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Taking a holistic approach to ending domestic violence

DAIS logoEach year Domestic Abuse Intervention Services (DAIS) serves thousands of women, children and men through their life-changing programs. These individuals come from all facets of our community — they are our neighbors, coworkers, family and friends. DAIS provides hope and help through its staff and volunteers.

When someone reaches out to DAIS, they are connected with advocates who believe them. They are empowered by advocates to make complicated and courageous choices. They are supported by advocates who are committed to helping them break down barriers to safety through free and confidential services. When necessary, DAIS legal advocates have been able to connect some victims with volunteer attorneys through a collaboration with the Madison office of Quarles & Brady and Community Justice, Inc.. The collaboration with Dane County law firms and Community Justice is a modified version of the Lawyer for the Day program in Milwaukee.

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More help for victims in Winnebago County

Thanks to a $100,000 subgrant of federal STOP grant funds awarded by the Director of State Courts Office, Christine Ann Domestic Abuse Services in Oshkosh has begun funding legal representation for victims of domestic violence who need representation in family law matters. The program was developed collaboratively by the Access to Justice Commission, Christine Ann Center, Winnebago Family Court Commissioner’s Office, and the Winnebago County Bar Association. The grant funds will be used to pay private …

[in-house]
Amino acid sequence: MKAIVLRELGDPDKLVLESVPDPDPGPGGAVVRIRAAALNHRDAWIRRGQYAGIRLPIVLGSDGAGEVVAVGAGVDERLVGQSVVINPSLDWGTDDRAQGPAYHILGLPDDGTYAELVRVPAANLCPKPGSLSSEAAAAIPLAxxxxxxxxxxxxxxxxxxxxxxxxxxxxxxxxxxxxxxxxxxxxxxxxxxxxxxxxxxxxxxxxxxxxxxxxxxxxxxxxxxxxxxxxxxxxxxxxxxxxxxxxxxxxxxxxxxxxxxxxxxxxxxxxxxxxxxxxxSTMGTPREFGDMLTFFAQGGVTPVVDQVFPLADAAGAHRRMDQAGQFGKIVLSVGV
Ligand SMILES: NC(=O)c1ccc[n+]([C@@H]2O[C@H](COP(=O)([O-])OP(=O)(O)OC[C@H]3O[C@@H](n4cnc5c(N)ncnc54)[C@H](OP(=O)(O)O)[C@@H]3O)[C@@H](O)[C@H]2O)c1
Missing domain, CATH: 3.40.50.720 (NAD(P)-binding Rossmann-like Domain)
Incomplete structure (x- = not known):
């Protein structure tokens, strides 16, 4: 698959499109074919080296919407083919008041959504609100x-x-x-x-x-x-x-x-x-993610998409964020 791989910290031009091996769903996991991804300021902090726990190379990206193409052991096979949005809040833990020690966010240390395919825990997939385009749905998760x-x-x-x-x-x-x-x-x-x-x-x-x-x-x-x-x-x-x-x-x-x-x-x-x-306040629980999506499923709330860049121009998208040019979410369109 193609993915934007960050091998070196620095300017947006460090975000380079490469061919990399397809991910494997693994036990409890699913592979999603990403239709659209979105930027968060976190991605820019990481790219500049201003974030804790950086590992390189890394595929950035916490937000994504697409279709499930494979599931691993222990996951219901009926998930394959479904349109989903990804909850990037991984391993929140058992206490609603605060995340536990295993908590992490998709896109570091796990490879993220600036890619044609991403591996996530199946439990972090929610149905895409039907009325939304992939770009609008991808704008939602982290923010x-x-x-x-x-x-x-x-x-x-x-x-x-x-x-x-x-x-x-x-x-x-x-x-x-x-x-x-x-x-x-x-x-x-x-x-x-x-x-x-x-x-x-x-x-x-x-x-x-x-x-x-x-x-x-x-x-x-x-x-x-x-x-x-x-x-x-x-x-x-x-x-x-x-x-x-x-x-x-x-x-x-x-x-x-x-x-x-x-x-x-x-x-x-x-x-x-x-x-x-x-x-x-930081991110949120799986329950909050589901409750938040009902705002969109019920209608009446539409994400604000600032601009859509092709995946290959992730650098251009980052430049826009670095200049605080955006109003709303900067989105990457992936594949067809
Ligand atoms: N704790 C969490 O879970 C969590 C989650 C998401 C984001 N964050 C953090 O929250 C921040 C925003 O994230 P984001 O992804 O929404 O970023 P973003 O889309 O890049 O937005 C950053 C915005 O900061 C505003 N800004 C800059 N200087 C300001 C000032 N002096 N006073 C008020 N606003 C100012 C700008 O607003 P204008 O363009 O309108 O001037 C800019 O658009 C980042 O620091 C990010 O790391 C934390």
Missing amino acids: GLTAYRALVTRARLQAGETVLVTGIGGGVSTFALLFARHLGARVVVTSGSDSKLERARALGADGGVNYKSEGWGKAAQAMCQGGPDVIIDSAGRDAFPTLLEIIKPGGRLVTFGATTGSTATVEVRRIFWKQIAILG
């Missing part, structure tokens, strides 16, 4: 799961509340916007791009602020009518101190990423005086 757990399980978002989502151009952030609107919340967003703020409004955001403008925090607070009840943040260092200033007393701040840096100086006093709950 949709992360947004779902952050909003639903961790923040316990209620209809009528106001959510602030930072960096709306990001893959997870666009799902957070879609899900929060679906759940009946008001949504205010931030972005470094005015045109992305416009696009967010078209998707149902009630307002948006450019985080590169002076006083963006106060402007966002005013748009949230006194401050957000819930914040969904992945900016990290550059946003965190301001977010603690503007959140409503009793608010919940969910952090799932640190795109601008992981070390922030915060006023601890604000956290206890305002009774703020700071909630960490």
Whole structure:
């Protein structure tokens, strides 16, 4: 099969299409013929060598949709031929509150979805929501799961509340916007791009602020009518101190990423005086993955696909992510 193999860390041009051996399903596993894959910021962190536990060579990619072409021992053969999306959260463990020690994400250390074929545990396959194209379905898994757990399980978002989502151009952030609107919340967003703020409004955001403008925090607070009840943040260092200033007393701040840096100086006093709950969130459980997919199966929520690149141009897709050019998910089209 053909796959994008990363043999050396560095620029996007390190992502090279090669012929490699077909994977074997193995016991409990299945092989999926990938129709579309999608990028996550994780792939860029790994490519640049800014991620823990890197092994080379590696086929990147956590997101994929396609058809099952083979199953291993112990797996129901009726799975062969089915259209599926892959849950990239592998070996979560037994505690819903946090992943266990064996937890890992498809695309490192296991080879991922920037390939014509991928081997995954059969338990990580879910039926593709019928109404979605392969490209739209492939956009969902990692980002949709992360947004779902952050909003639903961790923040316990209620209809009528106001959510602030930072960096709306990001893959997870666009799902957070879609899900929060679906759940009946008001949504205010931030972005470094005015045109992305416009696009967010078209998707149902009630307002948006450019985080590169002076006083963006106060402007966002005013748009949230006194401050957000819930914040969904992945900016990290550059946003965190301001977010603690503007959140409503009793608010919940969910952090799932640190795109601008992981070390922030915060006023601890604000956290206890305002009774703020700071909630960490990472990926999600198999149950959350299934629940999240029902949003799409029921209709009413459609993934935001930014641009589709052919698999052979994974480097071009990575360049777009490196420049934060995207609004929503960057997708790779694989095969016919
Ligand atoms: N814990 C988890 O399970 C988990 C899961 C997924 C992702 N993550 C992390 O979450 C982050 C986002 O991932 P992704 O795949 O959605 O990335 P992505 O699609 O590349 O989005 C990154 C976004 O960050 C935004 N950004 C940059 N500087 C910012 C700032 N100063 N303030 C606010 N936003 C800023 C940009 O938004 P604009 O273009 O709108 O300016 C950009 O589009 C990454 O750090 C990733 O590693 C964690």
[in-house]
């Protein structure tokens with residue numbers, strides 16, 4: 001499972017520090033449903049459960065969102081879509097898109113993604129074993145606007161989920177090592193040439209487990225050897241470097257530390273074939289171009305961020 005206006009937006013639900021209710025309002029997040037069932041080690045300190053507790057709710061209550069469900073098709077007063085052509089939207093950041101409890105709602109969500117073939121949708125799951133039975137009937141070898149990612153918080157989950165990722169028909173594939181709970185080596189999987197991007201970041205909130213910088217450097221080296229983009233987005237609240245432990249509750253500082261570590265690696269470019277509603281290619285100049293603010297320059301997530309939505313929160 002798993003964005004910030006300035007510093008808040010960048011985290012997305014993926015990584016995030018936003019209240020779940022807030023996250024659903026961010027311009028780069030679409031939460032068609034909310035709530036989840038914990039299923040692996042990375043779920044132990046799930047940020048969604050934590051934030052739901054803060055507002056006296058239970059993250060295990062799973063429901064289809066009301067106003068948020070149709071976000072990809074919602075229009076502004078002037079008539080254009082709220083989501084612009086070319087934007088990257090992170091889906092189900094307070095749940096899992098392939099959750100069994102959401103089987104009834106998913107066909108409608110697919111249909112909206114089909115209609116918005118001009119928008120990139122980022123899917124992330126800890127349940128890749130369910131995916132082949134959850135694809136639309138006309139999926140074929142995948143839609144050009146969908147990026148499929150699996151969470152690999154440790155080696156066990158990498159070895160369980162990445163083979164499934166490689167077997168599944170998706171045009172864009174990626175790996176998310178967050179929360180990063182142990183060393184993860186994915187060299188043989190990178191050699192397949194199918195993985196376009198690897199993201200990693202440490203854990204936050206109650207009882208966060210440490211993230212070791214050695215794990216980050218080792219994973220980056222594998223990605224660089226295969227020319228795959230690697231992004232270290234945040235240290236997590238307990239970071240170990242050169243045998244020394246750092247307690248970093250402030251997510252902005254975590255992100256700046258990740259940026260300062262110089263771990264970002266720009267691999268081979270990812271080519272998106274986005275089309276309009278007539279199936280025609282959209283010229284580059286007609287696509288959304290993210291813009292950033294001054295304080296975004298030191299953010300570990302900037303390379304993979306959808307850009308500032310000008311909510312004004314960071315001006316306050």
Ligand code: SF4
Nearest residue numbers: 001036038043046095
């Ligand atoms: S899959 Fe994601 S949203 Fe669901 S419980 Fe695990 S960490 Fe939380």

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Commission launches new online legal advice website

Wisconsin Legal Advice OnlineThe Wisconsin Access to Justice Commission is pleased to announce the launch of Wisconsin Legal Advice Online (WLAO), a free online service that allows eligible Wisconsin residents to post legal questions for response by volunteer Wisconsin lawyers. Created by the Commission and sponsored by the State Bar’s pro bono program, WLAO is one way to make brief legal advice available to more Wisconsin residents.